Saturday, March 13, 2010

The best thing for the environment? Eat less meat.

For years health care practitioners have been telling us that if we ate less meat we’d all be a lot healthier. The average North American eats twice as much meat today as we did fifty years ago and it’s taking a toll on our collective health. Is it any surprise that our voracious appetite for meat is taking its toll on the environment too? The environmental impact of meat production (we’re talking mostly the large factory farms) is so extensive that the Union of Concerned Scientists suggests that the best thing you can do for the environment is to eat less meat.

To put it in perspective, the Canada Food Guide says a serving of meat (or fish or poultry) should be about 2.5 to 3 oz. and as little as 1 oz. for a child. A quick search of restaurant websites shows a lot of 8 oz. and 10 oz. steaks on menus, a serving that could feed a family of four.

What does that mean for the environment?

According to a UN study, the mass production of meat today accounts for 18% of green house gas emissions world wide. That’s more than the combined emissions from planes, trains and automobiles.

Deforestation to create pasture land and to grow crops to feed livestock is another issue. An acre of trees disappears every eight seconds (including rain forest) to create pasture and crop land. Since trees absorb carbon dioxide the impact on global warming is significant.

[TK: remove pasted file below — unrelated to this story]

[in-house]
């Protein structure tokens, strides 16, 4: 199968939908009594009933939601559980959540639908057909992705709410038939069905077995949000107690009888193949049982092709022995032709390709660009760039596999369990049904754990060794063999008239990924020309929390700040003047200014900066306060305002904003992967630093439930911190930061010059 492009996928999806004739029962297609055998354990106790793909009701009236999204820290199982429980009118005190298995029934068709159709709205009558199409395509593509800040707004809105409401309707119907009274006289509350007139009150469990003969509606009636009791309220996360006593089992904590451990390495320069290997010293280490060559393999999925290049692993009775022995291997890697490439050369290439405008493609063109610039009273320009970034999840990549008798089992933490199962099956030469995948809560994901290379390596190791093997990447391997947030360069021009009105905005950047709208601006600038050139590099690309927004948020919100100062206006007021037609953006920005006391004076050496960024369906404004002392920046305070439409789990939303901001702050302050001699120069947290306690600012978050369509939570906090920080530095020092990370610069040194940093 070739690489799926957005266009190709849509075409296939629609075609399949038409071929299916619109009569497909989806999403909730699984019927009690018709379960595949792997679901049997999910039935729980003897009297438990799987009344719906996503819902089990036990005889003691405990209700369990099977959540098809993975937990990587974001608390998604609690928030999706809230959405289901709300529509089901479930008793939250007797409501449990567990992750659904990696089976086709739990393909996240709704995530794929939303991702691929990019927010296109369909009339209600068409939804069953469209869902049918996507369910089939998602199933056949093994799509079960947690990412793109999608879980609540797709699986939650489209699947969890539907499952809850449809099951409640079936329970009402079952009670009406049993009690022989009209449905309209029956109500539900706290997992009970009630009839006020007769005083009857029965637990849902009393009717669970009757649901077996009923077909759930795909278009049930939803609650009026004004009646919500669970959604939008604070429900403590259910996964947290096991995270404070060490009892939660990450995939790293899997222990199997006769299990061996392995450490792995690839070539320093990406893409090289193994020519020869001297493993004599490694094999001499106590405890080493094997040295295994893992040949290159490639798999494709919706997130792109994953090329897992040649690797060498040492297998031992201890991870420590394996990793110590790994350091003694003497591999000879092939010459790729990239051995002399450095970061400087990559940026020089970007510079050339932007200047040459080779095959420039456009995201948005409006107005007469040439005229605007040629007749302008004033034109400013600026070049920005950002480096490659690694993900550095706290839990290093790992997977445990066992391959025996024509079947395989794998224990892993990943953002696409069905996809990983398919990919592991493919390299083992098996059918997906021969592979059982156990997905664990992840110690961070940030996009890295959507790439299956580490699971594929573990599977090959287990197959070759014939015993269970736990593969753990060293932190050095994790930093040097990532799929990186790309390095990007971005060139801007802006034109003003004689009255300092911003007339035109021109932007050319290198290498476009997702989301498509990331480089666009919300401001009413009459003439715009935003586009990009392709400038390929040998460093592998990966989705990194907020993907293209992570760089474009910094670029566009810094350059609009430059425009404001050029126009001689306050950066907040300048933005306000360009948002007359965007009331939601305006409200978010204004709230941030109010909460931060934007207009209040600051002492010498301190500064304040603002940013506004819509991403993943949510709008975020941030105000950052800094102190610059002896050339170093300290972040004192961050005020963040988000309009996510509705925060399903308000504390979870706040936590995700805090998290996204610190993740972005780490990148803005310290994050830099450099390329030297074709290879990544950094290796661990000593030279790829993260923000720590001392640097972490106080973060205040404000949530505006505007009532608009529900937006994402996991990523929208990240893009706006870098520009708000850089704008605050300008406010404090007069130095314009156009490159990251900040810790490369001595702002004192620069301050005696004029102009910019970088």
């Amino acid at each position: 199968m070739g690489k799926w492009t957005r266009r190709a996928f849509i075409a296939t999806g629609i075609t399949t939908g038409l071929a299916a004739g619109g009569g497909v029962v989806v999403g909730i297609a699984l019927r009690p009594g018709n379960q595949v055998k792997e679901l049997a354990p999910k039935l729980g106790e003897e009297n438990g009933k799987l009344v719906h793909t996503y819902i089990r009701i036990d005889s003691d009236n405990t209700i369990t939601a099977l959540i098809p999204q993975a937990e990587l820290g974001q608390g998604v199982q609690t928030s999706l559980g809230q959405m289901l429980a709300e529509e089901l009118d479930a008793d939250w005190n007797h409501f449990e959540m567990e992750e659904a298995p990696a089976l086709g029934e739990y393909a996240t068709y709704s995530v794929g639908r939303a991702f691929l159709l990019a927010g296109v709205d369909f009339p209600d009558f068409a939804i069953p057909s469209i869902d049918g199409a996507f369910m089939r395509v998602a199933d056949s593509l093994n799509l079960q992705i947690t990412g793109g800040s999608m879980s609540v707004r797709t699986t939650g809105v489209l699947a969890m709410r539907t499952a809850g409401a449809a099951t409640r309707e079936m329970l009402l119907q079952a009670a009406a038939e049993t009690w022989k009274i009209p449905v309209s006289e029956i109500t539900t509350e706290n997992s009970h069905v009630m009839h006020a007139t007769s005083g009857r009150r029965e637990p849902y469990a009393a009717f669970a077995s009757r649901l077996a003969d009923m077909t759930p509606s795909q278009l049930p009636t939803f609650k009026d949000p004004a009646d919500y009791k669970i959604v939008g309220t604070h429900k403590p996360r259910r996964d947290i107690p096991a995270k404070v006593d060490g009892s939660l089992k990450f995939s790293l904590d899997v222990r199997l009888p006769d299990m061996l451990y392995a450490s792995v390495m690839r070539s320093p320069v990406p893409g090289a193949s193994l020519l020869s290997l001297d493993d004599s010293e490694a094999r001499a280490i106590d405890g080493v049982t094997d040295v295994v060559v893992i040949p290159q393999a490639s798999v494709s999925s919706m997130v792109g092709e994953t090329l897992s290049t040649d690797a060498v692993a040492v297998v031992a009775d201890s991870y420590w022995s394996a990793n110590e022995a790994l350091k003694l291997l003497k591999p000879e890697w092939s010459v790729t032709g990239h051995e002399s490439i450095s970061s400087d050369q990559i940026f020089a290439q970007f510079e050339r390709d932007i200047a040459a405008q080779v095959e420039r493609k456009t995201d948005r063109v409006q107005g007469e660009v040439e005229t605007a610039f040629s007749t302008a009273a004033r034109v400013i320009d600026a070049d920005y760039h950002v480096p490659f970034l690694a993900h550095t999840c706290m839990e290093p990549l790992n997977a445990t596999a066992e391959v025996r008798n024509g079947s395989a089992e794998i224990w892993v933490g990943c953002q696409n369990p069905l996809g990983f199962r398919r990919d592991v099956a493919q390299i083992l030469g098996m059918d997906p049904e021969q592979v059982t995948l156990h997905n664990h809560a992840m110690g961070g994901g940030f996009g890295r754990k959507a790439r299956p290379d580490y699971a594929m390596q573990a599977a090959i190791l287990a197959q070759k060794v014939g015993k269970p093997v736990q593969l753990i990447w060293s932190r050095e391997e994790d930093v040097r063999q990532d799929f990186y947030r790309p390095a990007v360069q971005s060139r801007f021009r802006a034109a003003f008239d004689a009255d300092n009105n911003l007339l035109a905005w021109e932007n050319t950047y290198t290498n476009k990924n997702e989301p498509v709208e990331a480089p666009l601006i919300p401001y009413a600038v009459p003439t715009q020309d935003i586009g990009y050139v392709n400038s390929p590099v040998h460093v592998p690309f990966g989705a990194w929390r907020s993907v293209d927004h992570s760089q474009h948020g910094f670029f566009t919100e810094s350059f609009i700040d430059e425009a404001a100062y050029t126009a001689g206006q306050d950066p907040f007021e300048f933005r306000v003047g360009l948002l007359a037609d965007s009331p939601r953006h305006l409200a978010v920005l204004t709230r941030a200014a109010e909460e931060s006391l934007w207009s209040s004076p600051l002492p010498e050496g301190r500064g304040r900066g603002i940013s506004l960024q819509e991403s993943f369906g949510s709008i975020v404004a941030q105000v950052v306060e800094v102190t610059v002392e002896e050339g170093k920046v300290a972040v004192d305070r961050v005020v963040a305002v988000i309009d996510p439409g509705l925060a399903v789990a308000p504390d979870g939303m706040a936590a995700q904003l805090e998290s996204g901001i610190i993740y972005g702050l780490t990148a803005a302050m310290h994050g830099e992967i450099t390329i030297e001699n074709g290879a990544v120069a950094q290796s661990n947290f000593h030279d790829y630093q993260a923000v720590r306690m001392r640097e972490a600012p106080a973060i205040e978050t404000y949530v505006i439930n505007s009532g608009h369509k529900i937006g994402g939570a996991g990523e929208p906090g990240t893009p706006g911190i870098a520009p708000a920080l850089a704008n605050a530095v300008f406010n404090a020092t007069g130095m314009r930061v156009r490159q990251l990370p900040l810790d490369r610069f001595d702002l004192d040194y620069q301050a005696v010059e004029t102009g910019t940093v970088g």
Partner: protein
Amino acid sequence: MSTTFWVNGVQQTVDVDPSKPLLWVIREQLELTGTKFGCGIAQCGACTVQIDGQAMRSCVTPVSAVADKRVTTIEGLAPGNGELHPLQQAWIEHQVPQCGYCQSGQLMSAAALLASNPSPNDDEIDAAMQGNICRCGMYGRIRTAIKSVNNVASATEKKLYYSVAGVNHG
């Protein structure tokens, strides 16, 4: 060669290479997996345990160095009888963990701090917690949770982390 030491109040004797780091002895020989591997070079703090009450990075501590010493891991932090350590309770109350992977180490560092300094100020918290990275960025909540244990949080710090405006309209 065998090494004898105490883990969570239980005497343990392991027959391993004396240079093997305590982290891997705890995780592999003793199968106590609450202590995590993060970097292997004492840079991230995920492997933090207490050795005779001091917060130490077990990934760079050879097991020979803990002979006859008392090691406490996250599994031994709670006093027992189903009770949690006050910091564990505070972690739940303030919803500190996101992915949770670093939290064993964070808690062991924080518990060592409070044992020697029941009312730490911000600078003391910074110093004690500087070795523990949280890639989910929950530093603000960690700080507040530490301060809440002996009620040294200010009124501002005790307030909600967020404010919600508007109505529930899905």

Factory farms, the source of most meat, pollute a lot. Manure run off can seep into waterways, a problem that is thought to be behind the deadly E. coli outbreak in Walkerton several years ago that killed six people.

If E. coli in our drinking water worries you consider this: 50% of antibiotics used in Canada are fed to livestock. Cramped quarters in factory farms means diseases are rampant so live stock is fed a steady diet of antibiotics to keep the animals from getting ill.

I could go on and on (ethical issues surrounding the treatment of animals on factory farms, pollution from meat processing plants) but suffice to say that cutting back even a bit on meat consumption could help the earth in many ways. (If Americans ate 10% less meat there would be enough grain left over to feed 60 million people. So in simplified terms there really is a solution to world hunger.)
If reducing the amount of meat you consume poses a challenge in your household here are a few tips to get you started:

Look for organic or naturally-raised meat. Livestock fed a natural, organic diet are happier, healthier and more nutritious. To find local producers check out these websites:,,

Reduce the portion size when you do eat meat and load up on more whole grains and vegetables.

Try eating one less meat-based meal each week. Substitute meat alternatives like beans for the meat in some of your favourite recipes.

No comments: